Tag Archives: fiction

Almost 10,000 words

OK, how is everyone going?

I still have about 500 words to write today but I realize I’m going to pick up kids from school soon followed by a big driveathon as I get everybody to where they need to be. (My daughter is in a school musical tonight.)

So I thought I’d blog now.

It’s been tough getting those words down. But I have to tell you this public word count is actually making me do it. Last night I crawled into bed and had to finish my last 300 through eye watering yawns because I knew I had pledged myself to tell you.

So thank you.

And frankly this choice of 2000 words a day, double my usual word count when I’m writing a novel, is kicking my behind. This blog was actually inspired by a tweet Joanne Harris wrote a couple of months ago about having written 8000 words one day. And as I told her, if she wasn’t so funny I’d have unfollowed her in a fit of pique. But it got me thinking. Was I being a wee bit too soft on myself?

So I’ve pushed.

And it’s good. All good. Well not the words actually but the daily push. The words are pretty crap frankly but I’m finding, as I do with every book, that it is only in the writing that the book will get written. Which sounds so glaringly obvious. But even after three books I still harbor in me this idea that I can plan out my book and when I start writing it will just flow perfectly formed onto the page and voila, when I hit 80,000 I’ll have a novel.

Ha ha ha ha!

Never happens.

No, I’ve written what about 10,000 this week, sixty, seventy perhaps, percent of which will never see the light of day. Probably won’t even be transcribed into my computer (I’m writing long hand) .

Because as I go along and do my research at the same time I realize, Well actually my character wouldn’t have that object. And gosh this little alley I’ve just turned down is much more interesting. And really, her mother is this kind of character not the one I just spent a whole day fleshing out….

What about you? How are you coming along?

Meet you same time, next week. Happy writing.

photo by Andrew Pescod (flickr)


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Julie, how could you?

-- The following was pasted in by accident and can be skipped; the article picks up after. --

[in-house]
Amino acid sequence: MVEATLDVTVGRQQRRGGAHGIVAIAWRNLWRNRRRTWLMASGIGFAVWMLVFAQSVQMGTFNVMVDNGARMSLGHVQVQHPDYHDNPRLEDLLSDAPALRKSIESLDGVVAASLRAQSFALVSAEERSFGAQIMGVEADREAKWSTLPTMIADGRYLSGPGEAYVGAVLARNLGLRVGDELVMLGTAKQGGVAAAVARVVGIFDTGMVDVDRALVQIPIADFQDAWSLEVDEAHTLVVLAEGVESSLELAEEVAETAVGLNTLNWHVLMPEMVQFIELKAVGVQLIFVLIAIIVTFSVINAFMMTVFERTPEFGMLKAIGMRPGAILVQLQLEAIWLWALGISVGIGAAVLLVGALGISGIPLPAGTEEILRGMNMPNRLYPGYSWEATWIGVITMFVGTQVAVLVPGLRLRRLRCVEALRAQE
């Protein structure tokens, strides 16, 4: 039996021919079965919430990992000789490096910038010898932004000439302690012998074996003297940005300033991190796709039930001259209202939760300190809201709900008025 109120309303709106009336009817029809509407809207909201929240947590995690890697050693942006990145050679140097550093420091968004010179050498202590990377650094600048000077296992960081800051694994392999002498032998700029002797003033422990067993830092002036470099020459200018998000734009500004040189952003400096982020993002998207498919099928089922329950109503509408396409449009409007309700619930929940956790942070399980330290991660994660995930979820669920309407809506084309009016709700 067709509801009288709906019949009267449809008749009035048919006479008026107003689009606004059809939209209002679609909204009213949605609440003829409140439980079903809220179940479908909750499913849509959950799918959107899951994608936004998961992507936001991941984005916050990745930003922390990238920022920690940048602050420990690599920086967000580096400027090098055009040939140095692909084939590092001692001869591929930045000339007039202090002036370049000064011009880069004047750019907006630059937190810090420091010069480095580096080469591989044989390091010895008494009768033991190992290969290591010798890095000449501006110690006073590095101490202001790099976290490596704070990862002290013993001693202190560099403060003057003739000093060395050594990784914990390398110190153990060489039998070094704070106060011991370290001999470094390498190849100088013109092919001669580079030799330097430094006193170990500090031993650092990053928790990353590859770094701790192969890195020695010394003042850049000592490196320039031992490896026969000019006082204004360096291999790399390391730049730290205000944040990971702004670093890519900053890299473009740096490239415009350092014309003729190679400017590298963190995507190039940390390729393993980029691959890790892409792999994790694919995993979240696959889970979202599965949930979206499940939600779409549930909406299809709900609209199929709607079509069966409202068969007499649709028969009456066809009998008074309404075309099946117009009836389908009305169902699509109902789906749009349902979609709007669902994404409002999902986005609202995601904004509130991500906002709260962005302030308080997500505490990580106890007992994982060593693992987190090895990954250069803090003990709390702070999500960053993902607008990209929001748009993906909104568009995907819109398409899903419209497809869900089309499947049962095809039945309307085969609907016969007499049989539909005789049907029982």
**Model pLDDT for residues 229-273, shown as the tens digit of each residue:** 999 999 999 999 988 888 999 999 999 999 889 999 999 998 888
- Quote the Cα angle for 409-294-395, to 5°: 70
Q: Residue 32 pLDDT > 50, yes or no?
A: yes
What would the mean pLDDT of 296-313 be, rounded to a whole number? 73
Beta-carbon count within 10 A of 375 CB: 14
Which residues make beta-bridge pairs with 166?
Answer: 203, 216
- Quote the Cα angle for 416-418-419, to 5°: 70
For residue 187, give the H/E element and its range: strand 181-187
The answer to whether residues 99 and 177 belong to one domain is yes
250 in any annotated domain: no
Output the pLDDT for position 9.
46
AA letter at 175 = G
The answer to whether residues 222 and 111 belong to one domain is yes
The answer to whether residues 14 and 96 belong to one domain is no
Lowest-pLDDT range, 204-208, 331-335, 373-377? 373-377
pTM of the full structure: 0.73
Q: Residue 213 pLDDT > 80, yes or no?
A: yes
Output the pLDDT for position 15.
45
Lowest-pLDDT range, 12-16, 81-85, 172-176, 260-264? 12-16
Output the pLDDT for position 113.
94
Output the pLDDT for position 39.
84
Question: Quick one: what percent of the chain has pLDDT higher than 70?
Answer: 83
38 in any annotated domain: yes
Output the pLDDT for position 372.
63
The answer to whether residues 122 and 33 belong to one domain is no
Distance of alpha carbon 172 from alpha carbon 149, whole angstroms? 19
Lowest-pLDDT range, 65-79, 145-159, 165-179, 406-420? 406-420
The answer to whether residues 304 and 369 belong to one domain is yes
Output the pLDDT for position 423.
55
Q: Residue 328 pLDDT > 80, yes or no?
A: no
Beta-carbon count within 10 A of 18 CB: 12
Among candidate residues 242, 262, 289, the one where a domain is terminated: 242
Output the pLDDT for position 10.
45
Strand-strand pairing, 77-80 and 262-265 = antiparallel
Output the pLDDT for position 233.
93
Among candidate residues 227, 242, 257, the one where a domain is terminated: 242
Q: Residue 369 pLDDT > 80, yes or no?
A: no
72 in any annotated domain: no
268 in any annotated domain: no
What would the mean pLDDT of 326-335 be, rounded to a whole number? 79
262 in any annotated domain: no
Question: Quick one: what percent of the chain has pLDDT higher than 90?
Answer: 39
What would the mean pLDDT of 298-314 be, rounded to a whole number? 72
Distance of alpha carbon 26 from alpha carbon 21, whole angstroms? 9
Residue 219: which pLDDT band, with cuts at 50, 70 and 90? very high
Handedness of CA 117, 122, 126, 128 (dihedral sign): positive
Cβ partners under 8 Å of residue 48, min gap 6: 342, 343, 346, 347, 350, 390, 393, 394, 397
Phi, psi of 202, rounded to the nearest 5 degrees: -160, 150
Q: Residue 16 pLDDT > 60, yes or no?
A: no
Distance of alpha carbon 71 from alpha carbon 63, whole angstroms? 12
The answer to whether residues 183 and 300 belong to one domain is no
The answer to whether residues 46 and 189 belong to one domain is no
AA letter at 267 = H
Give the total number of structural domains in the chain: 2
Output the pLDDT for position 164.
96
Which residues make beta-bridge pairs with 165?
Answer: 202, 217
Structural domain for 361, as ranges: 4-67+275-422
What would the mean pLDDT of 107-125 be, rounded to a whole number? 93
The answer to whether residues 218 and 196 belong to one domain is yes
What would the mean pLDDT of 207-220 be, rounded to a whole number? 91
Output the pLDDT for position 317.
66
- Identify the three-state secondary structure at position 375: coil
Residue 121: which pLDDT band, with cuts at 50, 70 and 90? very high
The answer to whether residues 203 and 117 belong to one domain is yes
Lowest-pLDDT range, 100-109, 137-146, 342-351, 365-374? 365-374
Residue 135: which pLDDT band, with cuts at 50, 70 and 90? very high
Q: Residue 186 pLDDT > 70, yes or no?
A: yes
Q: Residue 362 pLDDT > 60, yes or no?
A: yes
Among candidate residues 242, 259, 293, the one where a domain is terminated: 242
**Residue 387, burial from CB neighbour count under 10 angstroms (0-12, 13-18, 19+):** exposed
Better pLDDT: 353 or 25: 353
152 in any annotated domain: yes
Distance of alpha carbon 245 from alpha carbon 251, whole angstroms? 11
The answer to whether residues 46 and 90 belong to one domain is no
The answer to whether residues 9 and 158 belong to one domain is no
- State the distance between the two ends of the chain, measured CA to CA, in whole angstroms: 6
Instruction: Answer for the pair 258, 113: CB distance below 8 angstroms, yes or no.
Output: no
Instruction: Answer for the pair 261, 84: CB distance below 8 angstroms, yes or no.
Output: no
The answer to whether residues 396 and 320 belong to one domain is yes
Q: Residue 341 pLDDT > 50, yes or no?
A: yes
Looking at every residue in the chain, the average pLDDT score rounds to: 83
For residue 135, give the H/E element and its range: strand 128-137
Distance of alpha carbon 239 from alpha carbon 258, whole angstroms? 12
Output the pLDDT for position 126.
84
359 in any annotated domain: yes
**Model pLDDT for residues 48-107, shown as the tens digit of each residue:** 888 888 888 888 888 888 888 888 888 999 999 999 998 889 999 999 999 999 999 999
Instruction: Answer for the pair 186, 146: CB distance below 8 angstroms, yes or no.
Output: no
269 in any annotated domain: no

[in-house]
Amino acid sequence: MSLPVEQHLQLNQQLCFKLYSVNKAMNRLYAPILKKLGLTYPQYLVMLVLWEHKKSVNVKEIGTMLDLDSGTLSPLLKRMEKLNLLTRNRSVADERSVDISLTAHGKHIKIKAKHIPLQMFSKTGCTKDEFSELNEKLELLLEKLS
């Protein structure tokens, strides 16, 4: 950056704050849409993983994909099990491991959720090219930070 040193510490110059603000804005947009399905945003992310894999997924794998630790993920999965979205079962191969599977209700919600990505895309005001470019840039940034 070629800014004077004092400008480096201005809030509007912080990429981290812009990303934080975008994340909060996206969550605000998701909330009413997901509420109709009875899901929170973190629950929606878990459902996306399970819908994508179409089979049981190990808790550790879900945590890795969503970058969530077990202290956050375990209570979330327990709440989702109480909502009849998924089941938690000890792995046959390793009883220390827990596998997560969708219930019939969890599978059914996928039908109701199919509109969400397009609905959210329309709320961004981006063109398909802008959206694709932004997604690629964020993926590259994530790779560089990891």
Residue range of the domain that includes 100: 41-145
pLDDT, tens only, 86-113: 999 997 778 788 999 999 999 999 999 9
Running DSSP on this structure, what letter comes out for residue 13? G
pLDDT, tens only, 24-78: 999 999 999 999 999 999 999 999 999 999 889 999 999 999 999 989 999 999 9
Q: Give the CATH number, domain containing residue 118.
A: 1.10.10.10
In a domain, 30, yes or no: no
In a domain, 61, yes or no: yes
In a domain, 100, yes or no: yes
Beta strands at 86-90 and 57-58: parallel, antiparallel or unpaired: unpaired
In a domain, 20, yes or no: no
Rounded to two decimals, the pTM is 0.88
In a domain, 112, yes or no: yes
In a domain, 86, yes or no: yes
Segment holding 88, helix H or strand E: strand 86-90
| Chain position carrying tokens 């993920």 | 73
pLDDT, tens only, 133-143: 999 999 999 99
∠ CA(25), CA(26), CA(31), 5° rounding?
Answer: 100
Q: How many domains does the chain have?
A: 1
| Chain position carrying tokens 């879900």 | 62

julieYes, the furor over Julie Myerson’s decision to write about her drug-addicted abusive son.

I’m for it.

Mainly because it gets me thinking. Will my son’s Nintendo addiction mutate into skunk addiction?

I’m completely serious, but the way.

I blog about my children but I avoid the less salutary. Like the little accidents someone in my house makes that has me tossing whole packs of underpants into the garbage. Oops, was that too private?

Of course, I don’t have real dirt yet. My kids haven’t hit puberty and its gateway into parent/teenager hell. And I don’t think I would divulge any real horror. That’s why I’m a fiction writer.

But I’m thankful somebody wrote about the dangers of dope. I, for one, will be keeping a very close eye on it all and will not be lenient about its use. So thanks for warning me, Julie.

So is there a greater good being performed by her airing all her family’s laundry? I think yes.

Is it at the kid’s expense? Definitely.

But writers are not nice. We might smile, we might even offer to clean up occasionally. But deep down we are predators. The reason we are so interested in you is that it fuels our need for stories. We are vampires. Every sorry pathological thought of yours, we take note.

Feeling depressed? Tell us all about it.

Not sure what to do about your husband? We’re all ears.

Just lost your sibling in a horrific accident? How awful, we’ll murmur, reaching for the notebook in our bag. Tell us, how exactly did it happen?

Of course, novelists have it easier. We change the names and genders and hair color. And keep on smiling.

photo by Mahyar (flickr)

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Every once in a while, well, actually often, a news story chills you to the bone. There are the daily stories of mayhem and brutality and chaos that you try not to think about. Because such wide scale sadness can drown your tiny bourgeois life. You are left with that But for the grace of God goes I feeling as you try to shut the door to the tsunami of misery.

Then suddenly there is one which stands from the pack because of its singularity.

I shouldn’t check out the newspaper online before writing because it can completely derail me. Like this one.

That one just stopped me in my tracks. Threw my daily quota out the window as I sat there and wondered:

What is going on in the world that makes a man do that?
What is going to happen to the two little boys.
What was that little girl thinking in her last moments.

And how on earth can fiction ever address that?

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